Oil and gas production in the North Sea is forecast to grow by 5% in 2018 but low levels of drilling mean the outlook for future years is “much more uncertain”.
The industry body Oil and Gas UK published its latest Business Outlook report, showing production this year could rise to the equivalent of 620 million to 640 million barrels of oil, up from 517 million in 2014.
Rising oil prices meant revenues from the sector increased from £16bn to £21bn last year, making this the first year since 2013 that the UK Continental Shelf (UKCS) generated enough cash from sales to cover expenditure.
But the report highlighted a “serious concern” about the lack of drilling in the North Sea, with 94 wells started in 2017, the lowest number since 1973.
The report warned: “Development drilling has fallen by around 45% in just two years, which is a particularly worrying trend for the future health of the basin.”
While Oil and Gas UK said a 5% increase in production was expected in 2018, it stressed the future outlook for the sector was “heavily dependent on new fields coming onstream as planned and continued effective management of production efficiency on existing assets”.
The report went on: “The production outlook for the basin is much more uncertain post-2019.
“The lack of new project approvals and the recent low level of development drilling in the last few years, means it is likely that the UKCS will return to a position of production decline during the early 2020s.”
While the number of jobs supported by the industry fell from 315,000 in 2016 to 300,000 last year, the 4% drop was the lowest for three years “suggesting that companies are beginning to stabilise after tumultuous periods of restructure”.
And a survey of Oil and Gas UK members found more than half (56%) of companies expect to expand their workforce in 2018, with just 6% anticipating further staff cuts.
In 2017 the UKCS produced the equivalent of 598m barrels of oil – the same amount as it had in 2016.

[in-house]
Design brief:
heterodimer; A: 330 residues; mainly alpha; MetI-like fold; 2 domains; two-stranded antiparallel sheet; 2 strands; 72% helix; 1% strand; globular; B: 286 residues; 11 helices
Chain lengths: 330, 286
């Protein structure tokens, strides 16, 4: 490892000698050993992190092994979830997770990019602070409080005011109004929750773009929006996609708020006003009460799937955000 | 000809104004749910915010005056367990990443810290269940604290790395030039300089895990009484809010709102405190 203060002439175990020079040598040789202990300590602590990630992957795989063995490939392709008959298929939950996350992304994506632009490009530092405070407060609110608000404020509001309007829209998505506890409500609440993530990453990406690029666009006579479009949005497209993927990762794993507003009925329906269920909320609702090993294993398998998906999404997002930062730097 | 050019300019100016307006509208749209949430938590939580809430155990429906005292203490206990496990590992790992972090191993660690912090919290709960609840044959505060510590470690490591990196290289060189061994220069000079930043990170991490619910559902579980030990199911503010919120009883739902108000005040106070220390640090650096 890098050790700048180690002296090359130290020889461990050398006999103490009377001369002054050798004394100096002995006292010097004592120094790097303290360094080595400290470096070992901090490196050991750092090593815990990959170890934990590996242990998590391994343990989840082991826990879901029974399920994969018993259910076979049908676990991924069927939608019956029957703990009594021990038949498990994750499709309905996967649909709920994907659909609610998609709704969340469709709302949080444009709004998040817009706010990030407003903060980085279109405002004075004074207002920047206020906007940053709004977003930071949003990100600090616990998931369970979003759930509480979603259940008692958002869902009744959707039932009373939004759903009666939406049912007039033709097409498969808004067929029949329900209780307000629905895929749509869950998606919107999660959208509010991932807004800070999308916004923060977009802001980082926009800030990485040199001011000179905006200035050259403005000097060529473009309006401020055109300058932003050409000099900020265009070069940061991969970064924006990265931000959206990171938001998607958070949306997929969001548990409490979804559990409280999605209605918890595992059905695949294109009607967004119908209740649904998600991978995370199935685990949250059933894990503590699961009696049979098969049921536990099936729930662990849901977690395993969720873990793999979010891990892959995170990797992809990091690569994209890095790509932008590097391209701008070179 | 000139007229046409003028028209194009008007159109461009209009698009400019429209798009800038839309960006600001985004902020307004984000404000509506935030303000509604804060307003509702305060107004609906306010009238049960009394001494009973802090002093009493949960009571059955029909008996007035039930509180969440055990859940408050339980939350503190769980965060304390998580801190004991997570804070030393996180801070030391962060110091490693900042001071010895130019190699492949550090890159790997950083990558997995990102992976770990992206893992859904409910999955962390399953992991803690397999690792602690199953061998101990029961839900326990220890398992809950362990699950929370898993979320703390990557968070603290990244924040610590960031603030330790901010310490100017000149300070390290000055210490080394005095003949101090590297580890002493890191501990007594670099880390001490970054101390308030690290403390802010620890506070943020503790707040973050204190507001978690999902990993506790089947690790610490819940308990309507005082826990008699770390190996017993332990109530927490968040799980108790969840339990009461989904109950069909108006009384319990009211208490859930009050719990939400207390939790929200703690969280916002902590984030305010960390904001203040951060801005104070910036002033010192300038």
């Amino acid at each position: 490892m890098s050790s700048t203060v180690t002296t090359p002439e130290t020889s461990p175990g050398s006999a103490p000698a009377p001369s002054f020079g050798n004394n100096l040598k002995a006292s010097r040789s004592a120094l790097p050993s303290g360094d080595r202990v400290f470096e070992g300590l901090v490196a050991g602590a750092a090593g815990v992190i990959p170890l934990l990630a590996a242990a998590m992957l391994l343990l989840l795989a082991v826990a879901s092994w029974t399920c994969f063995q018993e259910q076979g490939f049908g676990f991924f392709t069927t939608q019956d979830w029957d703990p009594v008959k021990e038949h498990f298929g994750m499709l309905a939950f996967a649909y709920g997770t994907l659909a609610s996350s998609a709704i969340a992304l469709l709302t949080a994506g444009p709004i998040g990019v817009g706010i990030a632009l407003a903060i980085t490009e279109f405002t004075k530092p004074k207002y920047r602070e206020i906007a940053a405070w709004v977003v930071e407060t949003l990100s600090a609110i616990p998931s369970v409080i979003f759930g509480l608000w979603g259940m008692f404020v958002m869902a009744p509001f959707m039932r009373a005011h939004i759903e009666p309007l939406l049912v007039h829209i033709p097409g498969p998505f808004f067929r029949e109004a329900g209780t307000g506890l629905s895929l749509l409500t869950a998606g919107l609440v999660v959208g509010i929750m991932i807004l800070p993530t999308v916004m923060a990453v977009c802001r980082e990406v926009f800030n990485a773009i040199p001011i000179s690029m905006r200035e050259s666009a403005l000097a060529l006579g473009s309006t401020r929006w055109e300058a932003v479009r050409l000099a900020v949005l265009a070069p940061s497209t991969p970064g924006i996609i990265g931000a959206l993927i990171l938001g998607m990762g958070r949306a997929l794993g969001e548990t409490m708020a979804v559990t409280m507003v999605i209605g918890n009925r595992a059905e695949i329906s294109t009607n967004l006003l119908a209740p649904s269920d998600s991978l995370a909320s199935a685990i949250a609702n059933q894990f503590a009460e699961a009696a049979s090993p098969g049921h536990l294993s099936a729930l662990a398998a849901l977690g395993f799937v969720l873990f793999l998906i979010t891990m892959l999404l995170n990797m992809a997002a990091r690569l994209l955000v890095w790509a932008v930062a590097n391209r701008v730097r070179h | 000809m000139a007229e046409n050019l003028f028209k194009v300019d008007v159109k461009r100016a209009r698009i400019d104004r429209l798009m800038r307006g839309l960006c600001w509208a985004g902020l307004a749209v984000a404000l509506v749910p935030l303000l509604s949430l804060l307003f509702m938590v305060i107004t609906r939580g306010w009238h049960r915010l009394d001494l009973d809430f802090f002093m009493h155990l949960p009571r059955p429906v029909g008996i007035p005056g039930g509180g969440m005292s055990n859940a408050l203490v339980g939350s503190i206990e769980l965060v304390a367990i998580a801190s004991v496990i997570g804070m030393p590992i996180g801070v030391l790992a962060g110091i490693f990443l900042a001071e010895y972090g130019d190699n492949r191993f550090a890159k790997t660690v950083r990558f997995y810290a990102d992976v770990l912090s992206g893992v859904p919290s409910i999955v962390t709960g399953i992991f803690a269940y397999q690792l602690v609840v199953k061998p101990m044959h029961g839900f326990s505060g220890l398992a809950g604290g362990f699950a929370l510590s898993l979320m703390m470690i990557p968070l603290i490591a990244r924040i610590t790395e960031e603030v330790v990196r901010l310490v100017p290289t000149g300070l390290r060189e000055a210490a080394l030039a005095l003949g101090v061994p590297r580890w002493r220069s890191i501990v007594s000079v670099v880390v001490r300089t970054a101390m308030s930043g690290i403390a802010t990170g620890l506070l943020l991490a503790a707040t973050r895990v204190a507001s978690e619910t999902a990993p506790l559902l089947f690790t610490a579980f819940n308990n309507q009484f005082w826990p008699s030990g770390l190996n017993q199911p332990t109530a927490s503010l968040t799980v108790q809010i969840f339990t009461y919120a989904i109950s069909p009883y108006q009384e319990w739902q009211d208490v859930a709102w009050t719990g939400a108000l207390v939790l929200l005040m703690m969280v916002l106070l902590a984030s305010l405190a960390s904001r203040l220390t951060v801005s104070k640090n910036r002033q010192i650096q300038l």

A small increase in production had been anticipated but the “unexpected closure of the Forties Pipeline System due to a technical issue in the last few weeks of the year” led to a dip in production in December.
Oil and Gas UK chief executive Deirdre Michie said: “Our sector is leaner, more efficient and more optimistic than it has been in recent years and 2018 looks set to be a better year.
“It’s vital that we keep driving fresh thinking, innovative approaches and efficiency efforts.
“The short-term outlook for our sector is more positive with new projects and new entrants bringing new life to the basin, but there are undoubtedly longer-term challenges.”
A spokesman for the Department of Business and Energy said: “We welcome the industry’s confidence at the prospect of new investment decisions for developments in the North Sea.
“This government’s commitment to the sector has directly contributed to making the North Sea globally competitive and more attractive to new investment opportunities.
“The oil and gas sector will continue to play a significant role for the UK’s economic and energy security in 2018, supporting more than 300,000 jobs and providing the UK with 46% of its gas supply needs.”
Scotland’s Energy Minister, Paul Wheelhouse, commented: “The oil and gas sector remains a key component of our energy system and our economy.
“These figures, particularly on growth in investment and a further 5% increase forecast for production in 2018, are therefore very welcome.
“While this will boost the supply chain, companies are still finding conditions tough at this time, so we will continue to press UK Ministers to exercise their reserved powers to do more to stimulate exploration and attract fresh investment.”